Rugby Union: All Black flaws exposed

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The Independent Online
Scotland A. . . . .9

New Zealand. . . .20

WITHOUT ever coming close to threatening the All Blacks' triumphant passage through their tour, Scotland A did at least salvage some of the pride lost by the South in midweek.

There were times when they even managed to make the tourists look ordinary, although one suspects that, with half an eye on Saturday's international at Murrayfield, the All Blacks were holding back some of their aces. But seldom can an All Blacks' midfield have performed so ineptly.

Neither could psychological warfare be held responsible for Matthew Cooper's fall from grace as a goalkicker. Admittedly, he did kick five penalties. But he missed with four other kicks, and he muffed three of them so badly that the reservoir of confidence he has been building up since the opening game against London may well have dried up.

It was as well for the All Blacks that Gary Parker, Scotland A's first-choice kicker, was equally off key, missing with three penalties before surrendering the duties to Michael Dods, who, too late, kicked Scotland's first penalty 13 minutes into the second half.

There were other rarities, a missed tackle by Va'aiga Tuigamala being one of them. Of more concern to the All Blacks will be their muddled midfield. If Marc Ellis does have a part to play in their Test plans - and his blistering acceleration could be a priceless asset - then it should be in the centre and not at fly-half. There is also the continuing problem of the line-out, where a thicket of Scottish jumpers provided a welcoming target for Kevin McKenzie and mopped up many of Sean Fitzpatrick's throws into the bargain. Neither Shade Munro nor Andy Macdonald did his international prospects any harm, but Alan Watt is miscast at loose-head.

The Scots were mostly on the back foot at the scrums, which was a merciful release for the tourists, who were often unsettled by the persistently accurate driving of the Scots' back row, in which Rob Wainwright was vigorously effective. But having worked their way into promising positions the Scots were undone by profligacy. Attention to detail is so important in any confrontation with the All Blacks. The Scots kicked off badly, and they took too many wrong options in midfield, where Ian Jardine was a brick in defence but a pebble in attack.

If the Scots' tackling was of a far higher standard than the South's, there were still some glaring misses, nothing worse than the occasion when John Timu was caught between a rock and a hard place in the oppressive proximity of his goal-line but was allowed to escape, untouched, up the touchline.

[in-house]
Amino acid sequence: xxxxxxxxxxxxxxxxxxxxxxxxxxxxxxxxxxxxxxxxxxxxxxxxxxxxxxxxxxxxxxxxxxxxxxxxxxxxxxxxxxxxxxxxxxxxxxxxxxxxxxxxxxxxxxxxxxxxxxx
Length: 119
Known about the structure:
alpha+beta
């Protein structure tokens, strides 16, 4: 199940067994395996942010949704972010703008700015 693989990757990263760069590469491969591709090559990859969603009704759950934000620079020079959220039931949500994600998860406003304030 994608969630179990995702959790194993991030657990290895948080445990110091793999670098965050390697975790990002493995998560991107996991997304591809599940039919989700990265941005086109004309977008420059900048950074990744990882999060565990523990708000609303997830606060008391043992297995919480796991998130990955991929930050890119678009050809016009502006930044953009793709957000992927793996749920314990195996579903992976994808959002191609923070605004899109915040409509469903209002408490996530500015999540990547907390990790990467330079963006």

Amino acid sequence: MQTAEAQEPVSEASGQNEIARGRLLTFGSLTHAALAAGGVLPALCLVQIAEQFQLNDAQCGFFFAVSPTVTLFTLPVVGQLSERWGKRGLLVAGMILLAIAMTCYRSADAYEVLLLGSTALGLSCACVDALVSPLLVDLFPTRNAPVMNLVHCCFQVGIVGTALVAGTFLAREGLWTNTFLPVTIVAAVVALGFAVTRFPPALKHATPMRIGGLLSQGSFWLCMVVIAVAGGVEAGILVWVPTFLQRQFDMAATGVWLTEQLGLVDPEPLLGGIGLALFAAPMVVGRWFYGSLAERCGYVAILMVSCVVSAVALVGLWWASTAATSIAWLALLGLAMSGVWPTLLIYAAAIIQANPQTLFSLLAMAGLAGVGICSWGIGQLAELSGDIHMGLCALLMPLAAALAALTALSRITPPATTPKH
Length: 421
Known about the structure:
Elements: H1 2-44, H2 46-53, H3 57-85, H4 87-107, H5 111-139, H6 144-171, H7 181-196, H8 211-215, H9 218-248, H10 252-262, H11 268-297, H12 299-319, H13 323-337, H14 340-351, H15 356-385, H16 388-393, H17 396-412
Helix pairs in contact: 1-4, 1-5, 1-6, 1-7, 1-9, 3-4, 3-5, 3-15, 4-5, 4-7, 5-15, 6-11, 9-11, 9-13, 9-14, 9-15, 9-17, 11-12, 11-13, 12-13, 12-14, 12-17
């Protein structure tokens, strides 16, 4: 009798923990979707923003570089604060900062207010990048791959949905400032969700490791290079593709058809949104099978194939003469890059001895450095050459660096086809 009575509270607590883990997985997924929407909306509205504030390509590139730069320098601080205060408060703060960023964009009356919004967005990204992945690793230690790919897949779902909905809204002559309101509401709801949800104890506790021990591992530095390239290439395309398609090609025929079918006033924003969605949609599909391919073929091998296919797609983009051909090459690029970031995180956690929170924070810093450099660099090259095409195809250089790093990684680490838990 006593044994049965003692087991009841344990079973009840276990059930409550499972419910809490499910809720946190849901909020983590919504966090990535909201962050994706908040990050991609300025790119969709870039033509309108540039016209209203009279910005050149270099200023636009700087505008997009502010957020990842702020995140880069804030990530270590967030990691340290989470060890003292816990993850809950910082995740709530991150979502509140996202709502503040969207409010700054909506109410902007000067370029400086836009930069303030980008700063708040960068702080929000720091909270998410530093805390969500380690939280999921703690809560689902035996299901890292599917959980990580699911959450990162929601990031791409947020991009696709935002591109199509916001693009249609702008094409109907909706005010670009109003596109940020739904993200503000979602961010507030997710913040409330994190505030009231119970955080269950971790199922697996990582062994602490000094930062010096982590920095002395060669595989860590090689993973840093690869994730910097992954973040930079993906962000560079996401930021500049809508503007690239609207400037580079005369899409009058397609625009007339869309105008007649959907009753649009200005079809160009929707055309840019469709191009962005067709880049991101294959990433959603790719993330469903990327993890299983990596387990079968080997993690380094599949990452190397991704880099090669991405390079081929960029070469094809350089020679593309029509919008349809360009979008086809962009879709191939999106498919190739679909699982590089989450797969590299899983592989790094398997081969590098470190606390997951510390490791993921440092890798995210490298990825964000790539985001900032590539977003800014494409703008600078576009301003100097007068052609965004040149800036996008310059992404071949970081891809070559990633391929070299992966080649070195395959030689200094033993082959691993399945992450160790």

The All Blacks were saved on any number of occasions by the length and accuracy of their kicks out of defence, one of the mightiest efforts coming from the boot of the smallest man on the field, Stu Forster, who continues to look a better prospect at scrum-half than Jon Preston. Blair Larsen, who was welcomed on to the field as a replacement for the struggling Steve Gordon, gave the All Blacks additional firepower at the line-out and looks the likelier prospect to partner Ian Jones on Saturday. And Zinzan Brooke's virtuosity at Netherdale may have given him the edge over Paul Henderson, who, like Jamie Joseph, did not look fully fit yesterday.

If the Scots' driving was a little too upright to worry the tourists' defence, their rucking was up to - and occasionally superior to - the All Blacks' on the day. Wainwright is a certainty for the Scottish side at Murrayfield and Carl Hogg could well be beside him in the back row. Brian Redpath played with a great deal more confidence than he had shown at Netherdale, but the greatest comfort to the selectors will be that they can field a pack capable of matching the All Blacks.

Relief, as much as anything else, was the reaction from the Scots' captain, Doug Wyllie, who played his part with two drop goals at the end of robust driving by the forwards. His first stopped the rot after Cooper had kicked two penalties and Ellis had scored the All Blacks' try, having been set up by Arran Pene and Tuigamala. Cooper kicked two more penalties on either side of half time before Dods, with a penalty, and Wyllie, with his second drop goal, brought the Scots as close as they were ever going to get to victory. But they did at least win back some of Scotland's respectability.

SCOTLAND A: M Dods (Gala); K Logan (Stirling County), S Nichol (Selkirk), I Jardine (Stirling County), G Parker (Melrose); D Wyllie (Stewart's/Melville FP, capt), B Redpath (Melrose); A Watt (Glasgow High/Kelvinside), K McKenzie (Stirling County), D Herrington (Heriot's FP), S Munro (Glasgow High/Kelvinside), A Macdonald (Heriot's FP), D McIvor (Edinburgh Academicals), R Wainwright (Edinburgh Academicals), C Hogg (Melrose).

NEW ZEALAND: J Timu (Otago); J Wilson (Otago), F Bunce (North Harbour), M Cooper (Waikato), V Tuigamala (Auckland); M Ellis (Otago), S Forster (Otago); C Dowd (Auckland), S Fitzpatrick (Auckland, capt), O Brown (Auckland), I Jones (North Auckland), S Gordon (Waikato), J Joseph (Otago), P Henderson (Southland), A Pene (Otago). Replacements: 15, Dowd repl M Allen; 38, Gordon, repl by B Larsen.

Referee: T Spreadbury (England).

Scores: Cooper (pen, 4 min, 0-3); Cooper (pen, 19 min, 0-6); Ellis (try, 24 min, 0-11); Wiley (drop goal, 27 min, 3-11); Cooper (pen, 28 min, 3-14); Cooper (pen, 45 min, 3- 17); Dods (pen, 54 min, 6-17); Wiley (drop goal, 63 min, 9-17); Cooper (pen, 75 min, 9- 20).

(Photograph omitted)